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I never quite had the perfect childhood. My friends have memories of playing, laughing, riding bikes, and family road trips. I don't have any of those memories. My most vivid memories from childhood are of red and blue police lights flashing in my eyes. I also recall memories of smoke and liquor. When I was age seven, my father disappeared. I hardly knew him before he was gone. He was like a stranger in my life. Later I learned that he was dead.
My mother was always involved with the wrong crowd, including gang members, drug addicts, and alcoholics. Her boyfriends were either in prison or just released. It was common for me to notice a new bruise on my mother’s arm before I could even understand how she got it. The boyfriends she had hit her and grabbed whatever objects they could to either swing or throw at her. At times I tried to help her by biting, hitting, scratching them, but I was so small that I easily got thrown against a wall or tossed to the floor. Then all I could do was cry and run to the neighbors for help. Whether the boyfriends were arrested or not, my mother always seemed to take them back. She was the type who put her boyfriends before others.
My whole childhood I raised myself, surviving on the Social Security benefits I got from my father’s being deceased. The school supplies and materials I needed all came from monies I received from the government. I can’t even remember the last time my mother bought me something with her own money. Without gas money, she wouldn’t take me to school half the time, so I often walked at least an hour every day to get there and back. My mother often sent me to live with my grandma for weeks at a time while she partied. She would come home for a day, grab a bag full of clothes, and leave, with no word about when, if ever, she was coming back. I remember crying and shouting, “If you love me, you’ll stay.” I always got a hand shoving me back and a door slammed in my face.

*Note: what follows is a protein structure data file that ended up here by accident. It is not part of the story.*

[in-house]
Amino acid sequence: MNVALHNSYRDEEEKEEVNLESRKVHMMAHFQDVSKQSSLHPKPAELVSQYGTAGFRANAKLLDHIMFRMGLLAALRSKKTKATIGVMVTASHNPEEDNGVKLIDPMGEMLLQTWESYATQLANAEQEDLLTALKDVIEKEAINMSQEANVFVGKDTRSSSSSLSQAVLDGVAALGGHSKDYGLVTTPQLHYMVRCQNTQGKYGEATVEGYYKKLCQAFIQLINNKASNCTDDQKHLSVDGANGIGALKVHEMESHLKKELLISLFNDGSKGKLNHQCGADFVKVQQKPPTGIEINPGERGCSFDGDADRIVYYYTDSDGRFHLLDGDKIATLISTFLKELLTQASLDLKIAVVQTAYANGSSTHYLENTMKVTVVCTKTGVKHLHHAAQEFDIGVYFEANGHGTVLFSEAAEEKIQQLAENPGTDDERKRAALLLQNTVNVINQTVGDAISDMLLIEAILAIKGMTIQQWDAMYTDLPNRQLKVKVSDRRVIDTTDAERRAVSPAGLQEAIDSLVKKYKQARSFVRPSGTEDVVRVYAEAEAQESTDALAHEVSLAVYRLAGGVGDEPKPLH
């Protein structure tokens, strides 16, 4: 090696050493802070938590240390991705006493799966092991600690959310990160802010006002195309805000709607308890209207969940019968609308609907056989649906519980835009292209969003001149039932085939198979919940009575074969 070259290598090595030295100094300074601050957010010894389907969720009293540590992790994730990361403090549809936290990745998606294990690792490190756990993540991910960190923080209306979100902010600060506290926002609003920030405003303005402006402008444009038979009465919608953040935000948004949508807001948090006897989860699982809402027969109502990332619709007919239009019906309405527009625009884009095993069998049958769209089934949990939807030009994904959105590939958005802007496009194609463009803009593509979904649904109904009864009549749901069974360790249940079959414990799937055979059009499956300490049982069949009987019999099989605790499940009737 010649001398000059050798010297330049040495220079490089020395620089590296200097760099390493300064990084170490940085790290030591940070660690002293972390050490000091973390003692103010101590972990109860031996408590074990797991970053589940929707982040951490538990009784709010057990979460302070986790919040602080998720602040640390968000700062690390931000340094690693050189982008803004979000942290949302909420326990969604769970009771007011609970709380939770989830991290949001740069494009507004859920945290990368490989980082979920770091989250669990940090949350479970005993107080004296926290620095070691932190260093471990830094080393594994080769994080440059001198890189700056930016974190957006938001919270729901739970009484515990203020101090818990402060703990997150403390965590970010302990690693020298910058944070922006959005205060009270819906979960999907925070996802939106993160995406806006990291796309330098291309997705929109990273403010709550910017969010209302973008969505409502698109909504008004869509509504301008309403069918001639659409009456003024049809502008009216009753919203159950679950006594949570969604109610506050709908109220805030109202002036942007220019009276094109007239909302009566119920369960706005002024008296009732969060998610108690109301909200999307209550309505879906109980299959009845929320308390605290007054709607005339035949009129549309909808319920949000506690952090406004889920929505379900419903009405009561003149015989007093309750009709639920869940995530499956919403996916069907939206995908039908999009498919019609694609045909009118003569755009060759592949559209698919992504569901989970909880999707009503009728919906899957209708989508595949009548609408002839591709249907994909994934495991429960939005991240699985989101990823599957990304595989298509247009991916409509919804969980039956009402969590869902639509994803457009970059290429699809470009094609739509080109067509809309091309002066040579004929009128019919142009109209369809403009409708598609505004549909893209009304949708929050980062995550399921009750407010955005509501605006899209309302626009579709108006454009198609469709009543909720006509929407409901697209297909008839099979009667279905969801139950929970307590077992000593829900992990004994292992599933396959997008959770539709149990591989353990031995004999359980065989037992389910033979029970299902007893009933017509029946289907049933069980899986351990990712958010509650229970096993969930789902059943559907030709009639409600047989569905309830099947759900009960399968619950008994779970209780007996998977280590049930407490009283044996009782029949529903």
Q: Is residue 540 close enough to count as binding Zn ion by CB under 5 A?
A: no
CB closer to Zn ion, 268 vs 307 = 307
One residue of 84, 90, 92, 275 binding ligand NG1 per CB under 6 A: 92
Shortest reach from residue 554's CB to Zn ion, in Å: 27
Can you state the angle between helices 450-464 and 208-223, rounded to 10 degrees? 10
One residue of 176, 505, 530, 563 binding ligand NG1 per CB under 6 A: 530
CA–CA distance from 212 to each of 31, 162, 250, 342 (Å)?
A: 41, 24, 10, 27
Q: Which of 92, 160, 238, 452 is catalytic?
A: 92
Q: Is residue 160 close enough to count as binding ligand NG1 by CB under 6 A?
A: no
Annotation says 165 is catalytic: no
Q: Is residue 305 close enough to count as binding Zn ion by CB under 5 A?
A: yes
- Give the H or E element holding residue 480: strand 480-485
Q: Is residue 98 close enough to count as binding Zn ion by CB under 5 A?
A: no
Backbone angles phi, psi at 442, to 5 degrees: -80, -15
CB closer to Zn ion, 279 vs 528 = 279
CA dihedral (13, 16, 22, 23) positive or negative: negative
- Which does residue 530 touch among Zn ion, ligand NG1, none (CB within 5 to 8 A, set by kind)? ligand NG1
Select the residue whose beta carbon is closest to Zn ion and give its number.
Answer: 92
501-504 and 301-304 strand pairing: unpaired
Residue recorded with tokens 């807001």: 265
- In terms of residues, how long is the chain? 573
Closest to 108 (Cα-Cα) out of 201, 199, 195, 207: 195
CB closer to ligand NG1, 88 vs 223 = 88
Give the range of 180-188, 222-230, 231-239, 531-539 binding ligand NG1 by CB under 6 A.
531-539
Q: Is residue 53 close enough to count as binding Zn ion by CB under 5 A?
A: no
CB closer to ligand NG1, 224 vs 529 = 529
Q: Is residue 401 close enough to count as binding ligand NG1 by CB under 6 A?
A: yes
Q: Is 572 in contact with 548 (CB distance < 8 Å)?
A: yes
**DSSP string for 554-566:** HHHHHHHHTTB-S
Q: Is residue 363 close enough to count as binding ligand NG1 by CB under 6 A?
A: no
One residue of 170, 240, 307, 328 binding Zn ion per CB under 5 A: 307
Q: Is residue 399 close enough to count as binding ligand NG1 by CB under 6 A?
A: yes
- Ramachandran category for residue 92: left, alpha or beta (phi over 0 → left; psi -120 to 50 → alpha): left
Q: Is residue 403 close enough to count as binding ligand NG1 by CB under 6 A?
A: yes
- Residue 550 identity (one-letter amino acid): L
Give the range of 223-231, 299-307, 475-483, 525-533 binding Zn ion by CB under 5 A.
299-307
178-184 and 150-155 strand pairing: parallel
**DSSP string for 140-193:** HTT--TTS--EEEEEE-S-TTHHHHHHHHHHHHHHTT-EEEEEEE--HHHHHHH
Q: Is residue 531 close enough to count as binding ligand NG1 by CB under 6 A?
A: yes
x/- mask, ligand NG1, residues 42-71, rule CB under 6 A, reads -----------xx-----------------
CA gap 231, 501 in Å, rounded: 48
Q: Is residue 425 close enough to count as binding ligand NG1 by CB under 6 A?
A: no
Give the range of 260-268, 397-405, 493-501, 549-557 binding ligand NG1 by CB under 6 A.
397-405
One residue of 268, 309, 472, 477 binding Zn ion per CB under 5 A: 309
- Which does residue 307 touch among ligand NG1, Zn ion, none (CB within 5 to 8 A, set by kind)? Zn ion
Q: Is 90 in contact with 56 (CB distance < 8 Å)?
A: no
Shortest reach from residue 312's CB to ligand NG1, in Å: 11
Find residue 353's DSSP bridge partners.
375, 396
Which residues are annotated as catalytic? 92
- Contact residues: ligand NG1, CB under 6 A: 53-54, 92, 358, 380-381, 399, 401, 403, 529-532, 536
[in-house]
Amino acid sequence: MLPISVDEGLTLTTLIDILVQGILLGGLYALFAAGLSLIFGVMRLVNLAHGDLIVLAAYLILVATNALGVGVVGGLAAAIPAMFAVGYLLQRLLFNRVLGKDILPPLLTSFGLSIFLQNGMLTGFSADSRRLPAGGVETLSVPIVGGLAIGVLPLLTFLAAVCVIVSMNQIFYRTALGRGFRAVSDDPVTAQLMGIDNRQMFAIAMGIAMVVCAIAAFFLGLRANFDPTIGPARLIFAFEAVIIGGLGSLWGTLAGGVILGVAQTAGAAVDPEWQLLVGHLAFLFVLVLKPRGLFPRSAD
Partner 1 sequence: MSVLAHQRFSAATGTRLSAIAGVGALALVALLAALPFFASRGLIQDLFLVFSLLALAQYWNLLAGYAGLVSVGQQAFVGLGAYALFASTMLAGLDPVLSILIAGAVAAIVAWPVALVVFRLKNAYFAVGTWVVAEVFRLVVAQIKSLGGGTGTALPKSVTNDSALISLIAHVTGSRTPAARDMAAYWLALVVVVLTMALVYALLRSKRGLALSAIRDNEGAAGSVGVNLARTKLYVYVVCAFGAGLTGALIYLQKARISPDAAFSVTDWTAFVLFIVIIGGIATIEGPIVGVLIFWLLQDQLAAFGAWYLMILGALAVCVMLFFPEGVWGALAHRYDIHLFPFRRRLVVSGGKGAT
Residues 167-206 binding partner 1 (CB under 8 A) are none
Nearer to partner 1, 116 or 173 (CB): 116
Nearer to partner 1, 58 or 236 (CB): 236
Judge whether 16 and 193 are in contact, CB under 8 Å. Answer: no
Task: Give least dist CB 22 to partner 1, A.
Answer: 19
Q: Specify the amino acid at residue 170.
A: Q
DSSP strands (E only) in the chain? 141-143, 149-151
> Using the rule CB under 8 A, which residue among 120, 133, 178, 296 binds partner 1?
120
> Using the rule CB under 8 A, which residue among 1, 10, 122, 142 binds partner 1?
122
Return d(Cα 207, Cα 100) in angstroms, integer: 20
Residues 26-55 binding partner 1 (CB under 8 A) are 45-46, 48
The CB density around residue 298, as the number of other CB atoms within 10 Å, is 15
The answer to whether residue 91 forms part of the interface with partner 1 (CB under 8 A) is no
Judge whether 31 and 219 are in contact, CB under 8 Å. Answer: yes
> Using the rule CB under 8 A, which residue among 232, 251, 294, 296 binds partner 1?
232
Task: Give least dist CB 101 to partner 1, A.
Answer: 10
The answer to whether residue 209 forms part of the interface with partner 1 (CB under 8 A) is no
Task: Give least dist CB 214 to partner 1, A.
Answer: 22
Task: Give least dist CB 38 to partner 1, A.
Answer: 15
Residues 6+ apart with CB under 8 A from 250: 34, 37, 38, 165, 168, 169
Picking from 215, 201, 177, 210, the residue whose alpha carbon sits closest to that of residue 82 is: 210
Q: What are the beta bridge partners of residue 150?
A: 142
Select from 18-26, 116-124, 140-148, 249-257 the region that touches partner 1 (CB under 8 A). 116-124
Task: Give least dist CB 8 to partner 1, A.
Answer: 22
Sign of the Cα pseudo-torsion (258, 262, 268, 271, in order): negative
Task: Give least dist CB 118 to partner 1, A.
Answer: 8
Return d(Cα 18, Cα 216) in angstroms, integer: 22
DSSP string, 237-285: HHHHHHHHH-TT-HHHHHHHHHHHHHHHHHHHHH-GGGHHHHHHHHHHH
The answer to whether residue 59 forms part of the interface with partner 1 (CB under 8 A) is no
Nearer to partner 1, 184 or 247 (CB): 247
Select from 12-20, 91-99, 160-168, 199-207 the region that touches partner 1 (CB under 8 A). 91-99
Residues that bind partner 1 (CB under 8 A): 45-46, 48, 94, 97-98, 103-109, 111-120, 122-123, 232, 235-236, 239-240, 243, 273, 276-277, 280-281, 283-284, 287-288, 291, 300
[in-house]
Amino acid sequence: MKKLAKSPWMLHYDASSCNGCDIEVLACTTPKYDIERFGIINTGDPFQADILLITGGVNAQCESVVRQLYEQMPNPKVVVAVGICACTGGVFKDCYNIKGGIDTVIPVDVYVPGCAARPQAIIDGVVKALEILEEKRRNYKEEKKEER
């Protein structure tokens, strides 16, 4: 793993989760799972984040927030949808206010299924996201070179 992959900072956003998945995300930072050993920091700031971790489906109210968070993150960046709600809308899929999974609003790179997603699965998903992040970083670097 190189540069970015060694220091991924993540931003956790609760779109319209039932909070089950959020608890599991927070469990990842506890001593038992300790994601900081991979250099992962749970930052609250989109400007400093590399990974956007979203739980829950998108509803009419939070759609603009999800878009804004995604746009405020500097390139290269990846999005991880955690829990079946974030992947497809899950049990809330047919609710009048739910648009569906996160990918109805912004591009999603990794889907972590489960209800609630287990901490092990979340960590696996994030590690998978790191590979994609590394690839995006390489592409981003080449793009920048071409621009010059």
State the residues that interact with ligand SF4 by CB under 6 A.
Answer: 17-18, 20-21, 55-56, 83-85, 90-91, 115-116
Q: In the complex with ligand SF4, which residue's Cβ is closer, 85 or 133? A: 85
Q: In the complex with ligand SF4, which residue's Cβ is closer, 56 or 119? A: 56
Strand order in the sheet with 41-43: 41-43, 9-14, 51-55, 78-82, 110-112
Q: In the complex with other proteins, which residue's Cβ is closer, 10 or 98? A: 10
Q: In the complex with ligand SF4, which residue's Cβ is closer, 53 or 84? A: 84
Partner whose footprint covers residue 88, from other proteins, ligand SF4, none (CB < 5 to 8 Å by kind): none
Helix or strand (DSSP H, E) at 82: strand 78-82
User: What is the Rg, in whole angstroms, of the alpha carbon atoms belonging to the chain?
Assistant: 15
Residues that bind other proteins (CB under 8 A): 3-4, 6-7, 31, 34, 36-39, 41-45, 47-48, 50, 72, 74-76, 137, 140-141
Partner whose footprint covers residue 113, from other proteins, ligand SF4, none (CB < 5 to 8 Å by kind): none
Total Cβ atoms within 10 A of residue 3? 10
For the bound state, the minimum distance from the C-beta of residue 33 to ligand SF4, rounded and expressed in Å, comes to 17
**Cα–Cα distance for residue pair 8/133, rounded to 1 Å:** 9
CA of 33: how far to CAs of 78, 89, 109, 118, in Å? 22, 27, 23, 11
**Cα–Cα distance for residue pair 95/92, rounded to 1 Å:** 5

My grandma was the only one to comfort me, telling me everything would be okay. She became my mother figure, the woman I looked up to for everything, and the woman who told me to “never give up.
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"Childhood Memories: Mom, Dad, and the Gang-Bangers." 123HelpMe.com. 07 Apr 2020
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When I was age nineteen, my grandma passed away. I felt I lost the one person I had left in my life that I loved very much. I wanted to give up. I felt alone. Then I remembered that my grandma taught me to never give up. Everything I began to do I did for her. I was able to get my own place and a car, go to school, and juggle four jobs: daycare on weekdays, babysitting and house cleaning on weekends, and hostessing on holidays. My grandma always said, “Hard work pays off in the end,” and it does. I don’t like being pitied because the struggles I faced are what made me who I am today. Having my own responsibilities at a young age made me grow into a mature young woman. Despite the hatred I had toward my mother, I have forgiven her for everything she has put me through. Her neglect turned me into an independent and strong young woman. I don’t want to live struggling like my mother has always done. I do what needs to be done to pursue a career because when the time comes and my sister wants to leave the chaos of my mother’s home, she’ll always be able to live with me, as she grows older.
Although my mother and I still don’t get along, we talk occasionally. We don’t share secrets or talk about our private lives, but we are civil now. She apologizes often for the trials she has put me through, but I say, “No, it’s okay, because it allowed me to grow and learn from others’ mistakes.” I’m not an emotional person, so sharing my feelings is hard, but that’s my mother, and no matter what she’ll always be part of my life. My grandma always said, “Never rely on others to do things for you; instead do them yourself.” I’ll admit it’s hard for me to trust people after the way I was treated by my mother, but in a strange way that’s also good. I keep to myself a lot, which helps keep me focused on staying on the right path. My grandma was a strong, independent, hardworking, and amazing woman, and I hope to follow in her footsteps, building a successful, responsible life for myself. If and when I have children of my own, I will surely know whose path to follow—and, just as importantly, whose to avoid.